A: Very. Extremely. I mean, for them to just invite me along? This guy on the side of the road with a camera? They’ve been incredibly welcoming. I am so grateful for how open they have been. That’s been my experience every time. They are just incredibly gracious.
I mean, even last weekend, the last ride I was just on, I was walking for a lot of it because I just wanted that perspective. When we got to the end, I kind of fell way far behind everybody and some circled back and said, “Hey, you want to ride? A beer or whatever?” I’ve always felt very welcomed.
Q: It looks kind of like a block party that travels.
A: (laughing) Yeah. It is, kind of. It’s a festive atmosphere all the way through. Because the rides end with a zydeco band playing, they start and stop at the same location. So basically, you get where you’re going and everyone’s arriving with trailers. They get the horses ready to ride in the afternoon, usually starting at noon, and they go to the half way point and stop and rest or have some drinks or whatever in a field. Then they head back to where the ride ends. When the ride stops, that evening there is a zydeco band. At least one or more. Last weekend, there were three bands.
Q: Does the band ride, too?
A: Usually not. I mean, I’ve been on a ride where that happened. One of the rides that was particularly special to me was a very large ride. There was a flat bed trailer and a zydeco band that played for most of the ride. Most of the time though there’s a DJ instead and the band plays when everyone returns. From beginning to end, it’s a big party. On occasion, a zydeco band will play at the half way point in the field, but not always.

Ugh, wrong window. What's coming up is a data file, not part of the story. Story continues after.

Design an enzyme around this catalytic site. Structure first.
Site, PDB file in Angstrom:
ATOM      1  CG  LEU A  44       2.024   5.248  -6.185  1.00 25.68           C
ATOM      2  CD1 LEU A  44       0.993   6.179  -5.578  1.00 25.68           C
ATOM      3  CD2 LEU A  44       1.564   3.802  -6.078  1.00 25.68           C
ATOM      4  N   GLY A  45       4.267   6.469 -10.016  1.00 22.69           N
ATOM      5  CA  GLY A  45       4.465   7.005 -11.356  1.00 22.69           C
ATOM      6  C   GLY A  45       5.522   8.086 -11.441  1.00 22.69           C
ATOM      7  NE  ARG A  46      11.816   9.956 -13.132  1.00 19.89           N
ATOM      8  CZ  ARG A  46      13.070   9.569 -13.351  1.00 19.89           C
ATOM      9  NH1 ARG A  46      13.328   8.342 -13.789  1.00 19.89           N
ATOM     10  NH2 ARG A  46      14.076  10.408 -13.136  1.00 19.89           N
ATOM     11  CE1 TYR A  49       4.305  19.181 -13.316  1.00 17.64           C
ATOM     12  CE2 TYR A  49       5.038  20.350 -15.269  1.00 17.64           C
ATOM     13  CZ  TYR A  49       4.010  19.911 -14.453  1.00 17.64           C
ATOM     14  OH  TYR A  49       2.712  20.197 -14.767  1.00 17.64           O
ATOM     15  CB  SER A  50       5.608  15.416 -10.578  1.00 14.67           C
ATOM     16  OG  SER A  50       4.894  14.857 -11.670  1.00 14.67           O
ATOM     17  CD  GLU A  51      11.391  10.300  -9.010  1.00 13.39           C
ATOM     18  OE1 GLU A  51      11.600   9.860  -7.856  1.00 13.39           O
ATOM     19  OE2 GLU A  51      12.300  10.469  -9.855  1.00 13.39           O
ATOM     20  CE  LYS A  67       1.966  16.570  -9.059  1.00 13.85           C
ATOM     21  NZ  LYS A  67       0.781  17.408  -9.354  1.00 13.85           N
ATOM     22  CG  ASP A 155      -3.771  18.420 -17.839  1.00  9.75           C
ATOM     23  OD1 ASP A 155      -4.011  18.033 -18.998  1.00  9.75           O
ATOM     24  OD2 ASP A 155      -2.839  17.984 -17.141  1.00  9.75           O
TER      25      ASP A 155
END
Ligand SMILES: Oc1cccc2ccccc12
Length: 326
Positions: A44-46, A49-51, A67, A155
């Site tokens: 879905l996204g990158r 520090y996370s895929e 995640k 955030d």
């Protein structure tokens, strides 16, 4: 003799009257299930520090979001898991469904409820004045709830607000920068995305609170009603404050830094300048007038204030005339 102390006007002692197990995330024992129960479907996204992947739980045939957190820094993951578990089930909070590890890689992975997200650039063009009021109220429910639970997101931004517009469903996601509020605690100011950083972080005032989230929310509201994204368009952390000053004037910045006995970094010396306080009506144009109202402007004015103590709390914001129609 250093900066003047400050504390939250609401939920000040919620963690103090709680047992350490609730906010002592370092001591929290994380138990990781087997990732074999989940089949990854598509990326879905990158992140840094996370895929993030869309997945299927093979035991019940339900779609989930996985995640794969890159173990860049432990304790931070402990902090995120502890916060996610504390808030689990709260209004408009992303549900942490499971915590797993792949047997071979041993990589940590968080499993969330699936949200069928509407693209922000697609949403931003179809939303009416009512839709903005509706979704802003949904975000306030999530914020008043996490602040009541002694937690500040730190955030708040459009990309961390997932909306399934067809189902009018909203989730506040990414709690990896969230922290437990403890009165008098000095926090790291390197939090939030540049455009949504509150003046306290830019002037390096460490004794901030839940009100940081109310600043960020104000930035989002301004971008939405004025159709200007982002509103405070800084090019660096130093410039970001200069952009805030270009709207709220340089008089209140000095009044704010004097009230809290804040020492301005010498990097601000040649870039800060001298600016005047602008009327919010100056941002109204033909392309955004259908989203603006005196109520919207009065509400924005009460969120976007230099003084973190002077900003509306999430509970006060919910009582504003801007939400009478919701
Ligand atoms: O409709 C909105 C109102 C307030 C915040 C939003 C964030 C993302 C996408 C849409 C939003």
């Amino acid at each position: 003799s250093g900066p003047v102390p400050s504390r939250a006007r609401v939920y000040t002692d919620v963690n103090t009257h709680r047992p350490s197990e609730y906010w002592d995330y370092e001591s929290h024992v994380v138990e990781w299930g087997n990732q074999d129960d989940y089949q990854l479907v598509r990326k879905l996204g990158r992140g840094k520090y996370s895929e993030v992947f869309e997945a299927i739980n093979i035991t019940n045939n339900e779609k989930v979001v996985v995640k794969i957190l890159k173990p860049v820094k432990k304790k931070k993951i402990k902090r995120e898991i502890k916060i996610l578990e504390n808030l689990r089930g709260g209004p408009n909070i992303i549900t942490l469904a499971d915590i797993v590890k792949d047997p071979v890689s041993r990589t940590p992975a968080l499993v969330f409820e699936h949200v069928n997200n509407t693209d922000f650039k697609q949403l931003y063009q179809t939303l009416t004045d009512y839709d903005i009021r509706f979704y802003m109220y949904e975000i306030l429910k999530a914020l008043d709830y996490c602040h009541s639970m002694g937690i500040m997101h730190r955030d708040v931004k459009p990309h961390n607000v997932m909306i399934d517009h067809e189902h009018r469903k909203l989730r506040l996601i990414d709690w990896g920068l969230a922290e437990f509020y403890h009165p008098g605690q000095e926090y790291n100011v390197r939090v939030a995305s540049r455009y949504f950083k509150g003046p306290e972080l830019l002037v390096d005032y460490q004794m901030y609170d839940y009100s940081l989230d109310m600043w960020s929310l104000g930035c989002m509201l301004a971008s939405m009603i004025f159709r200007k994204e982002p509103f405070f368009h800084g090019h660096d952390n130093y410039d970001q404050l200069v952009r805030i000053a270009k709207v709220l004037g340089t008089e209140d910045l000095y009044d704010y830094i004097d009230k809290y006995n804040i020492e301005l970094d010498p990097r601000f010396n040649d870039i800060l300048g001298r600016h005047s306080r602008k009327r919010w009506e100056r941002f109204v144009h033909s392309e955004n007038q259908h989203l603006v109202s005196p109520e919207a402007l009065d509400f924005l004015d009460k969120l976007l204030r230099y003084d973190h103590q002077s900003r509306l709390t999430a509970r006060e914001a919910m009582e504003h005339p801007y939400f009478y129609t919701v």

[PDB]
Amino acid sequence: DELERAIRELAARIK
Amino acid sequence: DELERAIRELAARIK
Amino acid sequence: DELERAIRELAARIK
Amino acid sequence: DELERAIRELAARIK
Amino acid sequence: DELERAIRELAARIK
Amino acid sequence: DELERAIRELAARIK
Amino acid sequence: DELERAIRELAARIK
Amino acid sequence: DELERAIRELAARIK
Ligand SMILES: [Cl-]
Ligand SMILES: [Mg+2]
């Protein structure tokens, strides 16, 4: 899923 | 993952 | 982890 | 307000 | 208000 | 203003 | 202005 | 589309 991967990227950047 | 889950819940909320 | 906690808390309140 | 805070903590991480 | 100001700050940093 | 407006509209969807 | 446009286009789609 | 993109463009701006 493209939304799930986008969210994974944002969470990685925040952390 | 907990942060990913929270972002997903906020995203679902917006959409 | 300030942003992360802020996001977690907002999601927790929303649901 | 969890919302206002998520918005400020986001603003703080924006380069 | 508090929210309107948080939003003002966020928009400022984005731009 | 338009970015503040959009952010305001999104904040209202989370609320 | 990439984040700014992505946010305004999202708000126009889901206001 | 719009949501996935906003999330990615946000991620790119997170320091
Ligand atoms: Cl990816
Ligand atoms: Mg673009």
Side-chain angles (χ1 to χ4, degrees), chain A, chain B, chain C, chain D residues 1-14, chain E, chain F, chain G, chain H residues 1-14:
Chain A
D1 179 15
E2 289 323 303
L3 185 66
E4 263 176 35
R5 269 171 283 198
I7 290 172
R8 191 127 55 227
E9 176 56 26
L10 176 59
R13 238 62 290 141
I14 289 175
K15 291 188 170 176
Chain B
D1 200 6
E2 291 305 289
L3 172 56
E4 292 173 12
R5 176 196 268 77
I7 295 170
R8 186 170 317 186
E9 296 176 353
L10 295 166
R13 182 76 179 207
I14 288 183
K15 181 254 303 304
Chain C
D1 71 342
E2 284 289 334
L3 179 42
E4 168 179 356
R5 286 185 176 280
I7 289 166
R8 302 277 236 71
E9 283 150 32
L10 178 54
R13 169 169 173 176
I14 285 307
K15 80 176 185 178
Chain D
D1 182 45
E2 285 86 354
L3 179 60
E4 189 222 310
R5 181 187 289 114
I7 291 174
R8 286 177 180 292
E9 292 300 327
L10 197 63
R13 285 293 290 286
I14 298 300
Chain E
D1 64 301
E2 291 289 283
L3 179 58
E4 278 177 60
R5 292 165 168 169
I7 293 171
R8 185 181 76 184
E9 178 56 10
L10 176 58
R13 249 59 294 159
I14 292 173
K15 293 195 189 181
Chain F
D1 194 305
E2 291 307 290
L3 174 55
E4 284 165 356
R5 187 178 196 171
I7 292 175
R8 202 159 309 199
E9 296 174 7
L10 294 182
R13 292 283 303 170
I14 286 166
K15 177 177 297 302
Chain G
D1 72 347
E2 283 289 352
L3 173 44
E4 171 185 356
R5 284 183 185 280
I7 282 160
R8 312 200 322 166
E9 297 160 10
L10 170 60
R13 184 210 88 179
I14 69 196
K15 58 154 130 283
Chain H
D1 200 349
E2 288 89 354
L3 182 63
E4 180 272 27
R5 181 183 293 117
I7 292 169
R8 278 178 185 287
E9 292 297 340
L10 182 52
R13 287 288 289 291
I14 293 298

Q: You said this originated a long time ago. The 17th century?
A: From what we can tell. It’s clear from public records that there is a black equestrian culture that dates back from the 17th century or perhaps even earlier. We know that because of the brands for cattle. That’s kind of the first records from the state. A lot of those early brands were attributed to African Americans that owned property and had horses. That equestrian culture has been predominant in the region for a long time.
Q: I’m not seeing anyone that I would consider older. Where are the seniors?
A: A lot of times they’re there. They just may not be riding as much. I would say that some are older. There are some older people that ride, but I’d say the majority of the riders are middle age to younger folks.